Porn, Natural? Pull The Other One.

Smash porn

A recent piece in the London Telegraph reviewed the case of a 31-year-old man named Benedict Garrett, who teaches courses in “personal, social and health education” in a high school in the eastern part of the city, and who by his own estimation works “incredibly hard”.

In his spare time, Garrett works – hard or not – using the Frenchified pseudonym of Johnny Anglais (anglais is French for “English”, evoking Rowan Atkinson’s silly film spoof). In this job, rather than catching the notice of inattentive adolescents, he sells sleaze . . . as a stripper and an actor in porn movies.

Garrett – or Anglais – believes he is doing nothing unusual. “It’s perfectly natural. Get over it,” he’s quoted as saying. Naturally. Of all the possible, usual career routes parents want their children to seek, stripper and porn actor have to top the lists. And a “personal, social and health education” teacher who appears in sex films with a known history of avoiding condoms? That’s not natural, it’s idiocy.

To suggest that Garrett is naïve is to be pitifully obvious. Unfortunately, the same naiveté seems to be endemic to the UK’s General Teaching Council, which has allowed him to resume his classroom career — though, to parents’ relief, he admits he has no plans to resume teaching. Well, of course not. He now has an in to Big Brother, and if Strictly Come Dancing doesn’t pick him up next season, they’ll be falling flat on their faces.

The Telegraph article points out, however, another aspect to Garrett’s story, and that is the nature of porn films themselves. Since Garrett is male, it may never have occurred to him, even though he teaches teenage girls as well as boys, that the porn industry displays a frightening degree of misogyny and cruelty to women. In anecdote after story after account, women who’ve gotten caught up in making porn have detailed the brutishness, the way they’re urged to ignore their – very reasonable – sexual barriers, and of being told they must go along with whatever the director suggests. Basically, what they detail would be classified as sexual torture anywhere but places like Abu Ghraib or Guantánamo. The only difference is that the women “consented” in writing. But even if one consents to one act, that does not give consent to all — nor does pornographic torture, even with permission, cease to be torture.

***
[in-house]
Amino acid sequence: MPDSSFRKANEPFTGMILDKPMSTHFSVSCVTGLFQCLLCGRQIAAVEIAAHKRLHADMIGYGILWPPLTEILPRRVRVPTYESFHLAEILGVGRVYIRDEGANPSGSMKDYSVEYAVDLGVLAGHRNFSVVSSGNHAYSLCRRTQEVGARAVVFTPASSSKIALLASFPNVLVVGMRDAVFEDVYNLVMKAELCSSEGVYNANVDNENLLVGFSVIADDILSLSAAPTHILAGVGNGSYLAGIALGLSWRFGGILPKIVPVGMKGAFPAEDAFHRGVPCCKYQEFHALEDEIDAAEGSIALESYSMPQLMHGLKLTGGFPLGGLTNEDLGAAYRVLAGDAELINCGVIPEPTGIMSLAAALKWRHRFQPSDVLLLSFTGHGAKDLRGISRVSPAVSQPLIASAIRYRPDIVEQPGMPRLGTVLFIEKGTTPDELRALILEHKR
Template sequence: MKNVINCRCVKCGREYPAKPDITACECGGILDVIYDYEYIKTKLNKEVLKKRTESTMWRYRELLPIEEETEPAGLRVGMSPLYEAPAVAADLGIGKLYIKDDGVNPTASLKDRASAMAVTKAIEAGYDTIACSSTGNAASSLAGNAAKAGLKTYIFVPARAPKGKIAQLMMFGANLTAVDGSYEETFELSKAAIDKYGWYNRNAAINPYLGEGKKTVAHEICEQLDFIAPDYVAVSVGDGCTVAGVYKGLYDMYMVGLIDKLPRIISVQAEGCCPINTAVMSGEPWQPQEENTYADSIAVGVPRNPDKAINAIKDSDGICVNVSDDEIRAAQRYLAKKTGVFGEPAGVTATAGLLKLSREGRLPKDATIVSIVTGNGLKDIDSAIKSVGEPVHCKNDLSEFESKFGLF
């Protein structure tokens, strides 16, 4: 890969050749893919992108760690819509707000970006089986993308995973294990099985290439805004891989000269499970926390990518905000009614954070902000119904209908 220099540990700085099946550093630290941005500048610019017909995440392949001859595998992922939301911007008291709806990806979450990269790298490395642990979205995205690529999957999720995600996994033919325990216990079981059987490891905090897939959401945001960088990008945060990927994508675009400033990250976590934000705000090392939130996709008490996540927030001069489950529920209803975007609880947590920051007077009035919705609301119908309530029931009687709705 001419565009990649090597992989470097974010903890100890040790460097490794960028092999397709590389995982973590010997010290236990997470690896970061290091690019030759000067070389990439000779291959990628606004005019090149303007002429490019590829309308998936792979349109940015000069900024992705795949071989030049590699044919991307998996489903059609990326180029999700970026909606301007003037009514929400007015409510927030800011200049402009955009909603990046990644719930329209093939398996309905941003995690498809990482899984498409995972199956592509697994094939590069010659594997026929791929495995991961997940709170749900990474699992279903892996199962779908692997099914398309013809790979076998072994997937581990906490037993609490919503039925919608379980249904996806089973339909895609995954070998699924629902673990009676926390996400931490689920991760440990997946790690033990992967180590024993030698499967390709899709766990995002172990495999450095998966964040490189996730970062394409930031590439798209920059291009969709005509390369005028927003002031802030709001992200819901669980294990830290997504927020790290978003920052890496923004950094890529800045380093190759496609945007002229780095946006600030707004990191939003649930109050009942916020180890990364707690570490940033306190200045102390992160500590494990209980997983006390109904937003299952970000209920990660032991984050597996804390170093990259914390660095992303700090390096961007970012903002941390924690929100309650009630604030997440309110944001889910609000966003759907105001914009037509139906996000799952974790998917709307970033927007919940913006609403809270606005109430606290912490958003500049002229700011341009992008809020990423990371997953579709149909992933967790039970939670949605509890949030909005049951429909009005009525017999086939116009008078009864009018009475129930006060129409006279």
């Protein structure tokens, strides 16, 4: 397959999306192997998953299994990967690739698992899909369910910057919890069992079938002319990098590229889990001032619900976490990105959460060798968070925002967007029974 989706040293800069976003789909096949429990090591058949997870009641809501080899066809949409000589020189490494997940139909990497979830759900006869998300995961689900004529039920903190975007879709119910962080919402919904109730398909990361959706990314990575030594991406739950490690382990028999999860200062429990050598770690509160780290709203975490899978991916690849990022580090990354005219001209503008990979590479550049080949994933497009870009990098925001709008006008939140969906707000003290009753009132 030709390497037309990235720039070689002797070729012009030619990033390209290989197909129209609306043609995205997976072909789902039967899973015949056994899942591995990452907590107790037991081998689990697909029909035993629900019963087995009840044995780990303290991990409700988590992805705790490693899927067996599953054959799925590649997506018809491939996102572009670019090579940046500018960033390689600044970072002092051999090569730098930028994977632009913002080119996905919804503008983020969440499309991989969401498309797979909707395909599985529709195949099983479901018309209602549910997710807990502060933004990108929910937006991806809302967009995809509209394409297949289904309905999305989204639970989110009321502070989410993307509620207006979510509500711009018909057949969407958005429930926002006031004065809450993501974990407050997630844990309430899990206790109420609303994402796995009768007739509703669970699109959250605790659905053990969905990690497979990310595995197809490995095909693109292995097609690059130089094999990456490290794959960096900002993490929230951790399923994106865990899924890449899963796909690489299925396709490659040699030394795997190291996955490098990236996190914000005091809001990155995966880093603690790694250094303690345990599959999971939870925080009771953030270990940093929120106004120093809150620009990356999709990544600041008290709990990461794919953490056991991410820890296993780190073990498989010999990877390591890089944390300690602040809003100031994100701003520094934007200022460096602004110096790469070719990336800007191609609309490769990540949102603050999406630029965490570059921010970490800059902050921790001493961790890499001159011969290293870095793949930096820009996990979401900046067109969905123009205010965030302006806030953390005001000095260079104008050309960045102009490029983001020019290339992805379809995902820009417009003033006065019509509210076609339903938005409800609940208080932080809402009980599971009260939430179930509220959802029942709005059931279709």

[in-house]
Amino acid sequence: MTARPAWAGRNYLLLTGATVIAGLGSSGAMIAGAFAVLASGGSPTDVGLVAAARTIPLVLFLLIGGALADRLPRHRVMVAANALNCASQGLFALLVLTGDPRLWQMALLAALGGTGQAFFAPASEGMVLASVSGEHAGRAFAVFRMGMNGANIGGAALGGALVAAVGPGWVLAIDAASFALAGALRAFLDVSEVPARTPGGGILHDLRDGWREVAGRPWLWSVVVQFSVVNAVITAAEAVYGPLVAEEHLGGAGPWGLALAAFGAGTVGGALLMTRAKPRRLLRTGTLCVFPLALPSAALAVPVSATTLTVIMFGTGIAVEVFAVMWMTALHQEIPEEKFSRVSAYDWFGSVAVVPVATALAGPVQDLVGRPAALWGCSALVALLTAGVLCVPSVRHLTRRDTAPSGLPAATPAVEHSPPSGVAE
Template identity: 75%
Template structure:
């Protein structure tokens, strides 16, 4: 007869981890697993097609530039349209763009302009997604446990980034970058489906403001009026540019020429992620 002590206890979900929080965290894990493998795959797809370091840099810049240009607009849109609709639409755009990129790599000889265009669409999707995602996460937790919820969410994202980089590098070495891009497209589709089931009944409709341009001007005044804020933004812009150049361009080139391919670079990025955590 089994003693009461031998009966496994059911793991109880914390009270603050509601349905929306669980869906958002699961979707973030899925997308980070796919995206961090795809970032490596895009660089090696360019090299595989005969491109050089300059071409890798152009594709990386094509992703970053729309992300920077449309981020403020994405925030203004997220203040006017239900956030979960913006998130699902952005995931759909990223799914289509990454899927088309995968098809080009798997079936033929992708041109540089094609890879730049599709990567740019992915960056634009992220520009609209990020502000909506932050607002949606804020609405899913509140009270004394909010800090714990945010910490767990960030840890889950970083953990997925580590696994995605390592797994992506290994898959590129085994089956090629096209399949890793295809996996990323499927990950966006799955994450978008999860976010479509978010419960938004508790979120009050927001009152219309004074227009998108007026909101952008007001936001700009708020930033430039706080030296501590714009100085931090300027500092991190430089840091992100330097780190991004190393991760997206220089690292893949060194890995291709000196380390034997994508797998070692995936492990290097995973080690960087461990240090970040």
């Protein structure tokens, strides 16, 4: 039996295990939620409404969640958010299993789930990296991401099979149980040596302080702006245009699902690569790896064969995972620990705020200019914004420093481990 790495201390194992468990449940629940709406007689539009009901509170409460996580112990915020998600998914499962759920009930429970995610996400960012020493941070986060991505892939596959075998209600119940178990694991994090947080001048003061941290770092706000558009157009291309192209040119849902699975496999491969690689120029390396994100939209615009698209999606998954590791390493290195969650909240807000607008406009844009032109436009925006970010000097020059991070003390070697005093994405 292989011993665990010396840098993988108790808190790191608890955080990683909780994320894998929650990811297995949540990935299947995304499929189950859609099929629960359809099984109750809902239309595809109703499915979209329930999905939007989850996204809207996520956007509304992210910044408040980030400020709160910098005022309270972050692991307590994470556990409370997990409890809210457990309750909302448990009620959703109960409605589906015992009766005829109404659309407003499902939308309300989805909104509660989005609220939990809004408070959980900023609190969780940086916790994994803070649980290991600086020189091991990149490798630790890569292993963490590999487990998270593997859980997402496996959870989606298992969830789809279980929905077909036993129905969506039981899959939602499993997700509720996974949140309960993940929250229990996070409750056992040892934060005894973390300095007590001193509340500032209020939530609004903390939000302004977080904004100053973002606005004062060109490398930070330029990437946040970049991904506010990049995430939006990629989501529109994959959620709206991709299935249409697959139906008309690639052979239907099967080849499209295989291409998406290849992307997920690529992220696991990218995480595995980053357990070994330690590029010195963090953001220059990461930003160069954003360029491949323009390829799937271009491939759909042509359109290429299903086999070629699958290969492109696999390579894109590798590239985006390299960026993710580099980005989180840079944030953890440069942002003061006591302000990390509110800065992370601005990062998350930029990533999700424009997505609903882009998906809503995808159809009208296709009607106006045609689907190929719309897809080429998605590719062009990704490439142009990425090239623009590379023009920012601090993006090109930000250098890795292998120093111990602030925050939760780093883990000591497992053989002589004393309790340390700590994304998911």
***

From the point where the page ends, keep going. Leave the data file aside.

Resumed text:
Nor is it natural, if what we mean is ordinary and everyday. As the Telegraph journalist points out, “one thing that cannot be said of the porn industry is that it’s ‘completely natural’. In the real world, post-pubescent women are not generally as devoid of pubic hair as a Greek marble statue, clad in naughty nurses’ uniforms, or desirous of the most violent forms of sex with a number of men at once. In Pornland, this might be taken as the norm.”

Garrett also neglects to mention the increasingly-documented addictiveness of porn, which transforms healthy men into pathetic creatures who need more and harsher stimuli in order to be sexually aroused, a situation that would be unrecognizable to their grandfathers at the same age. For such men, the only cure is abstinence from porn. Nor does he allude to the way porn addiction makes sex unpleasant and even risky for women who, instead of finding sensual partners in bed, discover men who make grotesque, even ritualistic, demands in their ridiculous belief that such demands are the norm.

Porn is a cause of nonsexual violence against women, too. Not that Garrett makes any mention of that.

Very simply, porn has become a scourge that harms us all. To defend it as “natural” is to willfully blind oneself to its very bizarreness. For that reason alone, his rash and immature judgment, Garrett should not be teaching.

Let’s hope that his former employer’s replacement “personal, social and health education” teacher has more savvy, and better things to do in his or her spare time.

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1 Comment

Filed under Benedict Garrett, Domestic terrorism, Health, Misogyny, Musings, Nature, Porn, Rape, Violence

One response to “Porn, Natural? Pull The Other One.

  1. Garrett never said that “porn is natural”. He said “sex is natural”. And before you start accusing him of not recognising the negative sides of the pornographic industry, I suggest you do some proper research into his position and not rely on what you have garnered from some ‘soundbites’ in a sensationalised newpaper article. A good reference point would be his speech at the Cambridge Union Society (google it and you will find a video and transcript), or the many radio interviews he as participated in.
    How do I know these things? Because I am him.

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